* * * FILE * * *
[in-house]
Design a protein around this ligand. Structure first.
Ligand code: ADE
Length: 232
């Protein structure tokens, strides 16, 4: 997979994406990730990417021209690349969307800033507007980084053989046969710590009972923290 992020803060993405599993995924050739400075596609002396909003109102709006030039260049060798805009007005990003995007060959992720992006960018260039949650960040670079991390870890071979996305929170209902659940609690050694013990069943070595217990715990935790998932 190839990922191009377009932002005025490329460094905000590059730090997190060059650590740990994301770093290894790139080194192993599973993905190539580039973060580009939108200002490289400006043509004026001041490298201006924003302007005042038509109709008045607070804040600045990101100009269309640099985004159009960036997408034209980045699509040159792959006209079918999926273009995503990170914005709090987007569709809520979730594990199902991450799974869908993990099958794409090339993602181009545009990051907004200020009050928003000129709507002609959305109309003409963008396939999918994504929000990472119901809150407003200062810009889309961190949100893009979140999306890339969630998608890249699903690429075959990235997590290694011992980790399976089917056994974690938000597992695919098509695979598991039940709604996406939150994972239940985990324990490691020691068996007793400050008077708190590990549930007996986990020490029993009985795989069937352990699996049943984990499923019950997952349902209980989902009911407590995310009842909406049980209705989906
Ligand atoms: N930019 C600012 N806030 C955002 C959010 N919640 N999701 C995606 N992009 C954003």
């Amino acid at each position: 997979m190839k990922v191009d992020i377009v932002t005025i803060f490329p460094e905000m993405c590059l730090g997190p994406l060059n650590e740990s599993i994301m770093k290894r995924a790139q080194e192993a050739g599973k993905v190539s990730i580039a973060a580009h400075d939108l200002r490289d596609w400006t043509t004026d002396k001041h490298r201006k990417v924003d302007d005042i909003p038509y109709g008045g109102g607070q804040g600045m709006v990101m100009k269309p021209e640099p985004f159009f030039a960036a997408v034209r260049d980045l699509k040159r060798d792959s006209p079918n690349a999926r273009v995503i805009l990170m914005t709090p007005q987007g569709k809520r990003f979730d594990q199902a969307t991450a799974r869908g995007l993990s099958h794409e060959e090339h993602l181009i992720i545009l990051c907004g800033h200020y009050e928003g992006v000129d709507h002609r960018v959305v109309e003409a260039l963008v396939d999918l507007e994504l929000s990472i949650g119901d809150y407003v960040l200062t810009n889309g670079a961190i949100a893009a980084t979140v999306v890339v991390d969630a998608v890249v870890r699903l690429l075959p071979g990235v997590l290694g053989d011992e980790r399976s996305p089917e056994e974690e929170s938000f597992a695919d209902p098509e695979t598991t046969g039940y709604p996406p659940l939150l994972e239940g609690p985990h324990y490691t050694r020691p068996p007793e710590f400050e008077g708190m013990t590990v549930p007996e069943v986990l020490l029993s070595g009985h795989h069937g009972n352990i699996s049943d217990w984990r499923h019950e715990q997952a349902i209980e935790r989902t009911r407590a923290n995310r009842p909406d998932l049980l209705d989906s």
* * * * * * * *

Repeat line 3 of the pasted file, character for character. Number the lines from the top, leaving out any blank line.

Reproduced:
Ligand code: ADE